Understanding ‘Self’ Sociologically And Theologically


Allama Muhammad Iqbal was a prolific Muslim philosopher who envisioned the idea of Pakistan. These both claims Muhammad Iqbal as a “Muslim philosopher” and “his vision” for a separate homeland are highly contested. But such controversies do not lessen the intellectual sheen and grace of his philosophy rather it makes it more interesting and deep. Karl Popper has settled the matter: “the growth of knowledge depends entirely upon disagreement”.

This brief piece deals with Iqbal’s philosophy of “Khudi” or “self”. To understand the self is not as simple as it may seem. It is a complex, multi-dimensional and multi-layered concept that has been a matter of discussion for Psychologists, Philosophers, and now Social Psychologists working in the field of Sociology.

Generally, the conception of self is constructed in three ways. There is not only an objective world but also a subjective one to determine self. The interplay of subjectivity and objectivity leads to the formation of a strong idea of one’s self. At the outset, a person looks at himself through his own eyes; the way he/she considers himself/herself, his/her shortcomings, and strengths. In this process of determining or making ‘self’ a person tries to do every possible thing to make his image perfect to himself. He gives himself enough time for his personal growth.

Secondly, a person generally looks at himself through a societal lens. Here, society also serves as a mirror. While looking at oneself or imagining one’s overall character, all efforts are made to get fit into the society while keeping into consideration the existing socio-cultural discourses.

American sociologist Charles Horton Cooley has extensively written on this subject and presented a theory called looking-glass self. The looking-glass self is a social psychological concept created by Charles Horton Cooley in 1902. It states that a person’s self grows out of society’s interpersonal interactions and the perceptions of others.

In my opinion, such conception of self and its creation is beneficial for him as well as for society because through this way he is kept in check and does not violate the norms and values of society because he will be rejected by society if acts vice versa. On the other hand, it also sometimes results in alteration in his personality. He tries to reform himself to be adored and appreciated by society and by doing so, he forgets his own identity and becomes someone else.

Furthermore, the image a person sees of himself depends on how society portrays it. It will be a distorted image if you are surrounded by people who hold critical and censured views only. And it will be a soft and beautiful image if the group of people portraying it is not that critical. So, if a person frames his personality on the standards put forward by Society, he will take every step keeping in mind the sanctions that society offers him. This dimension of self is measured and formed by society.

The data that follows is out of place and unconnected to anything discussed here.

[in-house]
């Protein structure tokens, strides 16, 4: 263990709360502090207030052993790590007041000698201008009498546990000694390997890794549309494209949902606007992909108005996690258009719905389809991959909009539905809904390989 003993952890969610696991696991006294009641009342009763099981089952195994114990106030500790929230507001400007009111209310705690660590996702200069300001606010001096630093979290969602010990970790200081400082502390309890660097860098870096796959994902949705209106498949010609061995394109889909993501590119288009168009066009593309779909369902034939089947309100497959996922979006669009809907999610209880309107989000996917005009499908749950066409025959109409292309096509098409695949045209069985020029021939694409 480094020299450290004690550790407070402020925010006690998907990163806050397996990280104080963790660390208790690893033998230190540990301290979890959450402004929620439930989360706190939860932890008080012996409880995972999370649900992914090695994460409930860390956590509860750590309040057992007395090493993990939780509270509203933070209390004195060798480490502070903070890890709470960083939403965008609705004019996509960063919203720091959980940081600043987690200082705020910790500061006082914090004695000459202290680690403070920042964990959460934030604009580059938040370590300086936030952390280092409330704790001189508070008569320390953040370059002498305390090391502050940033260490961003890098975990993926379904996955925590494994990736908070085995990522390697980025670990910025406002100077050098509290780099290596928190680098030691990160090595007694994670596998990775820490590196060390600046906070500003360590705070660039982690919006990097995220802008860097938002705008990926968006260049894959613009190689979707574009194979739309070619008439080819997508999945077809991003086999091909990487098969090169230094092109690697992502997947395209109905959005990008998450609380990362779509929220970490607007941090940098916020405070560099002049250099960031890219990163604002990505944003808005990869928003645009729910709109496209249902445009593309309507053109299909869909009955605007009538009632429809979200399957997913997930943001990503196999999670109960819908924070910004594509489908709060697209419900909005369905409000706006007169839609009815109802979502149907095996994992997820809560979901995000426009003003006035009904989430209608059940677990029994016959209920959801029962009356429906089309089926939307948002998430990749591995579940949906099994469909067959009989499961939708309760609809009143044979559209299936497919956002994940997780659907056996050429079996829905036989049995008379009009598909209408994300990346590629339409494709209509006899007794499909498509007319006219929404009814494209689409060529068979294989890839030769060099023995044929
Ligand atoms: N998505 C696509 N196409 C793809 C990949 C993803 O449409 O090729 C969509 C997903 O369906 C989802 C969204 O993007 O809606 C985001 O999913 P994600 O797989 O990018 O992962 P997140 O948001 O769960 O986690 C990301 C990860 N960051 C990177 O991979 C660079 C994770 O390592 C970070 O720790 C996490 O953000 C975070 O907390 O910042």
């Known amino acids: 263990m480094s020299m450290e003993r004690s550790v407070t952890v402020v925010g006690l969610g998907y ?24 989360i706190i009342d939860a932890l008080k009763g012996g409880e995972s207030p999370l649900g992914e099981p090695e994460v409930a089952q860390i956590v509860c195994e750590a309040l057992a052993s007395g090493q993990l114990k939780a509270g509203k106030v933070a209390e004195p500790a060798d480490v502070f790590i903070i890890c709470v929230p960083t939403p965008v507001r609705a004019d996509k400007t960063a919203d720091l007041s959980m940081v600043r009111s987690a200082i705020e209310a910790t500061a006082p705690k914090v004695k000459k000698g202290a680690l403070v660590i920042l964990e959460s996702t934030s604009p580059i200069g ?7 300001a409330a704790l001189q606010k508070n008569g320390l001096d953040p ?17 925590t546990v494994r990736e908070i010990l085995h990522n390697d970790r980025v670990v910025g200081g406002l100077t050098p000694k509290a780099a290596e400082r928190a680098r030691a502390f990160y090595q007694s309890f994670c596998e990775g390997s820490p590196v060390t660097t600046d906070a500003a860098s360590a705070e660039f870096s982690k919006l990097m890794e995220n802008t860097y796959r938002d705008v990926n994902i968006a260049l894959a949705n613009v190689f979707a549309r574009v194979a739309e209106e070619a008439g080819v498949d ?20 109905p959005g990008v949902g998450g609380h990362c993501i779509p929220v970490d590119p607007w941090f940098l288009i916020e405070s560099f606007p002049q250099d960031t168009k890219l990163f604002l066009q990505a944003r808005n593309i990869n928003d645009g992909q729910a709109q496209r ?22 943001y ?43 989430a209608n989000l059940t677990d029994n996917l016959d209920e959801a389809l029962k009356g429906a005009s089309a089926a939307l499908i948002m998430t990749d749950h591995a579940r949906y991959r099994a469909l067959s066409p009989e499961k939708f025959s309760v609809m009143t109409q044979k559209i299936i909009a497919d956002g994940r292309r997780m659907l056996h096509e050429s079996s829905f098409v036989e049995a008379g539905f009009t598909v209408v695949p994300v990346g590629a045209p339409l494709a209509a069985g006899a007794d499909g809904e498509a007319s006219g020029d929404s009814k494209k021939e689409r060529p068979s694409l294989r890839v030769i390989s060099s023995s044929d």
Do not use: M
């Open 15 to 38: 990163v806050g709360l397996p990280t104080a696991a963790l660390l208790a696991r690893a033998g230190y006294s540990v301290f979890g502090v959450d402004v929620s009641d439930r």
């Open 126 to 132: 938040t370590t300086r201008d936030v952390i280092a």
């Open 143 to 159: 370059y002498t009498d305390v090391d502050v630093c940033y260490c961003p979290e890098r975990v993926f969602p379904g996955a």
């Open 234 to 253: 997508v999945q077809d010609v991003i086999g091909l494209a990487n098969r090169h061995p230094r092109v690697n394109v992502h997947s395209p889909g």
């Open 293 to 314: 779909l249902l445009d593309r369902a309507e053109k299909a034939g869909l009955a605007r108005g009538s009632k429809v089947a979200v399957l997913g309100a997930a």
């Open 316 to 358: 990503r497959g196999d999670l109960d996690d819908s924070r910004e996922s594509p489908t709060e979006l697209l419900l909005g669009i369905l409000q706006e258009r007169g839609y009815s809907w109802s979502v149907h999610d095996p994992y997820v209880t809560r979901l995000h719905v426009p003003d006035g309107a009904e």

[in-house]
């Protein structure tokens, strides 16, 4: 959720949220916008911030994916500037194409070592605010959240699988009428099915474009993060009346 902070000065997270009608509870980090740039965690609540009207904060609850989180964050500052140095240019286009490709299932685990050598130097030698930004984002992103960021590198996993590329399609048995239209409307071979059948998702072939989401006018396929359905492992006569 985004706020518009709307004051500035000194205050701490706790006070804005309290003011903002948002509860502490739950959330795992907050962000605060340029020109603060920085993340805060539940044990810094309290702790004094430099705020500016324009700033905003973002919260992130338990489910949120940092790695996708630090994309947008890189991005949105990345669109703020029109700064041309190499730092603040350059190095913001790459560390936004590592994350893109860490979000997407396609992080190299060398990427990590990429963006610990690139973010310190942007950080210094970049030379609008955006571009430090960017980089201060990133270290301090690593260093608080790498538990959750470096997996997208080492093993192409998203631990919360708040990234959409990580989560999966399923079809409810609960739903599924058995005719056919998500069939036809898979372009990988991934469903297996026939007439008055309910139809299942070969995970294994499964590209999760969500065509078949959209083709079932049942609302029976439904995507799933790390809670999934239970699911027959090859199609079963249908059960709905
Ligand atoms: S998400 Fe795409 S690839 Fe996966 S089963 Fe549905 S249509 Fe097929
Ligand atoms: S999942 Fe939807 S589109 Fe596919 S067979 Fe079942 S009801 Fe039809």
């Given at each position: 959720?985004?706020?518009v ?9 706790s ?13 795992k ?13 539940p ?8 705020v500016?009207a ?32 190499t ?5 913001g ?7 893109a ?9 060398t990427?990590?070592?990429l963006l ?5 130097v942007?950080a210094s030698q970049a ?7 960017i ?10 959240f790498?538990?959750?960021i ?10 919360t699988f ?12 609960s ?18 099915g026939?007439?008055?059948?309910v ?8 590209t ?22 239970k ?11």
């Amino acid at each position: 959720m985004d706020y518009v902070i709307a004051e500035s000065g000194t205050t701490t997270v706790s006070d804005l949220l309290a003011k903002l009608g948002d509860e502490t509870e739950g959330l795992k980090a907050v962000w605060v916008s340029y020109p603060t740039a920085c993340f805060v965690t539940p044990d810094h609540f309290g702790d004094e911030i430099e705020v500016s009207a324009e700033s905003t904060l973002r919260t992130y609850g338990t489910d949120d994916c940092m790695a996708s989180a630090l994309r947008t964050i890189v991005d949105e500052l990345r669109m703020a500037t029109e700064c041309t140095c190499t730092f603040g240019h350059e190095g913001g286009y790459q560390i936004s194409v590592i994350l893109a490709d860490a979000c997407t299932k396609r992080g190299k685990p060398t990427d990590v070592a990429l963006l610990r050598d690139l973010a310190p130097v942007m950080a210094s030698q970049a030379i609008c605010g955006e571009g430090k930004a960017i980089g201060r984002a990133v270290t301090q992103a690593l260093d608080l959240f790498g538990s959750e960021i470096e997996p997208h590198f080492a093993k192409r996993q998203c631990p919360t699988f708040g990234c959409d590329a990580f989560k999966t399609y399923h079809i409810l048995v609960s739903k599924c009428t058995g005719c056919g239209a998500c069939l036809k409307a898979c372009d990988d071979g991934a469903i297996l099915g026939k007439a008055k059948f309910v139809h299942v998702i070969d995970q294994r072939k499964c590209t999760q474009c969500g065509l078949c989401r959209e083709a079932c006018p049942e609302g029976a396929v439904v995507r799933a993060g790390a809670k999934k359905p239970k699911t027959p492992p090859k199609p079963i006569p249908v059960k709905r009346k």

The last aspect to look at self is the way you think your Creator looks at you and the way He created you. When a person gets to know about his Creator, he eventually gets to know his self, as God’s spirit has been breathed into him. This is a deeper self, of which a person becomes aware only when he gets closer to the Lord. Prayer is the best time and way to be in meditation and to introduce “self” to Creator. When a person’s inner self becomes aware of and then infuses with the Absolute-self, he experiences a whole new world of beauty and eternity. Allah says, “Allah knows the secret and what is even more hidden”.

There is a thin-line difference between “secret” and “hidden”. “Secret” is something that a person knows but conceals deep inside him. “Hidden” is something that is linked to that person but even he is not aware of it. This is where the concept of Absolute-consciousness begins. A person can only get to know what is “hidden” inside him by knowing his Creator through His remembrance. Iqbal extracted his philosophy from an ayah of Qur’an: “And be ye not like those who forgot Allah, and he made them forget their own souls.” (Chapter 59, Surah Al-Hashr). Here it is evident that when a person strays from the remembrance of Allah, he forgets himself.

In the age of social media, technological advancement, and innovation, we have become more or less like machines. Do we need to ask some fundamental questions regarding our existence to realize who we are? For that matter, I suggest students read about Iqbal and his philosophy who has a lot more to offer for the fulfillment of one’s spiritual needs.

The writer is a student of Sociology at the University of the Punjab, Lahore. She is interested in socio-political dynamics and writes for leading English language newspapers in Pakistan. She can be reached on Twitter @beenishfatima63

 


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